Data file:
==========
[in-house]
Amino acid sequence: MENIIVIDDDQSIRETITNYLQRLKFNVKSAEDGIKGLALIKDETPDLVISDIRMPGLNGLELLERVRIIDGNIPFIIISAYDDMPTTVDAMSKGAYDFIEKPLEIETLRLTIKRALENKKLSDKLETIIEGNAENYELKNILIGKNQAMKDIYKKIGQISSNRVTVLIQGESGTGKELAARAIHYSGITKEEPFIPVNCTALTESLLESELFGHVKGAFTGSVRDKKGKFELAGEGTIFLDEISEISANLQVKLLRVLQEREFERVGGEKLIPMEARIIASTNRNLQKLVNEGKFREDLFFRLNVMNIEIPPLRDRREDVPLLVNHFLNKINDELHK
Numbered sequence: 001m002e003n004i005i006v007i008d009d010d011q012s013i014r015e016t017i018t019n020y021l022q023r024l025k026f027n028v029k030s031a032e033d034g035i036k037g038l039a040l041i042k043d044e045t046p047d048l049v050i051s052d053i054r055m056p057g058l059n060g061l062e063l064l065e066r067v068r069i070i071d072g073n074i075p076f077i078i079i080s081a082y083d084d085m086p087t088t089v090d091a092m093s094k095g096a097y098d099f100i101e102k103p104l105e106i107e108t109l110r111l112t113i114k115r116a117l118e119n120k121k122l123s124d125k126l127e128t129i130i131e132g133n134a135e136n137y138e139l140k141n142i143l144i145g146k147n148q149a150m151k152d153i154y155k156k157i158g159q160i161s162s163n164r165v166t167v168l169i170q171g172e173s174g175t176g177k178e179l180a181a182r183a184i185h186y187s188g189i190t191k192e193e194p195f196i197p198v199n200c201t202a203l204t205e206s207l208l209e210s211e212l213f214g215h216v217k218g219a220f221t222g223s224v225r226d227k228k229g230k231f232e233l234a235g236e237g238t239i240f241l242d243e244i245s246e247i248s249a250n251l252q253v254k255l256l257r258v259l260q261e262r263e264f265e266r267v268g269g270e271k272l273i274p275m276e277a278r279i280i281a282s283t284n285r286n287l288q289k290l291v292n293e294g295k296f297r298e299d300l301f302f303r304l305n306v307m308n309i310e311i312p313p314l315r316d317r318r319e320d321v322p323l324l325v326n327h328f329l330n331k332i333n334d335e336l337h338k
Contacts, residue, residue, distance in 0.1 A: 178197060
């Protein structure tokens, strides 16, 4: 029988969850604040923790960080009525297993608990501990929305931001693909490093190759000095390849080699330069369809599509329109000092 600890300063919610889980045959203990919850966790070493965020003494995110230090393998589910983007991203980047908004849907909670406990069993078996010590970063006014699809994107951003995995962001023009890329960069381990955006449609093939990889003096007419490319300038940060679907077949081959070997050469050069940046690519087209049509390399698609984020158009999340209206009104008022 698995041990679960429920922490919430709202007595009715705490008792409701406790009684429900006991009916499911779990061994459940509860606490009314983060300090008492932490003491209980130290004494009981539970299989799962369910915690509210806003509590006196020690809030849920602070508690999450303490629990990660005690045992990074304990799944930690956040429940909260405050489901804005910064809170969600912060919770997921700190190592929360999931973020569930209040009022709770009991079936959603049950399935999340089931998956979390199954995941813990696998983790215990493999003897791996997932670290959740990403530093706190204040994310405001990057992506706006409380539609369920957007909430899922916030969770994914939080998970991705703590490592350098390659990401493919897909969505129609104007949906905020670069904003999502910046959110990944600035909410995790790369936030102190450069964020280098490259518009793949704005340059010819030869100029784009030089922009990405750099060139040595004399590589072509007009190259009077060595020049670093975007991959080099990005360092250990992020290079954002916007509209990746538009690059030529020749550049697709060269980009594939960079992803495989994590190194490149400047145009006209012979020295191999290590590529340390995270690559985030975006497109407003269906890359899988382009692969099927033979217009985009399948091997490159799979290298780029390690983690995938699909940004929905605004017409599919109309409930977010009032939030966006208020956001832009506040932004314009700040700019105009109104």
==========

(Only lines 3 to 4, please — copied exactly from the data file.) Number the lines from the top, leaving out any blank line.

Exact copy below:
Numbered sequence: 001m002e003n004i005i006v007i008d009d010d011q012s013i014r015e016t017i018t019n020y021l022q023r024l025k026f027n028v029k030s031a032e033d034g035i036k037g038l039a040l041i042k043d044e045t046p047d048l049v050i051s052d053i054r055m056p057g058l059n060g061l062e063l064l065e066r067v068r069i070i071d072g073n074i075p076f077i078i079i080s081a082y083d084d085m086p087t088t089v090d091a092m093s094k095g096a097y098d099f100i101e102k103p104l105e106i107e108t109l110r111l112t113i114k115r116a117l118e119n120k121k122l123s124d125k126l127e128t129i130i131e132g133n134a135e136n137y138e139l140k141n142i143l144i145g146k147n148q149a150m151k152d153i154y155k156k157i158g159q160i161s162s163n164r165v166t167v168l169i170q171g172e173s174g175t176g177k178e179l180a181a182r183a184i185h186y187s188g189i190t191k192e193e194p195f196i197p198v199n200c201t202a203l204t205e206s207l208l209e210s211e212l213f214g215h216v217k218g219a220f221t222g223s224v225r226d227k228k229g230k231f232e233l234a235g236e237g238t239i240f241l242d243e244i245s246e247i248s249a250n251l252q253v254k255l256l257r258v259l260q261e262r263e264f265e266r267v268g269g270e271k272l273i274p275m276e277a278r279i280i281a282s283t284n285r286n287l288q289k290l291v292n293e294g295k296f297r298e299d300l301f302f303r304l305n306v307m308n309i310e311i312p313p314l315r316d317r318r319e320d321v322p323l324l325v326n327h328f329l330n331k332i333n334d335e336l337h338k
Contacts, residue, residue, distance in 0.1 A: 178197060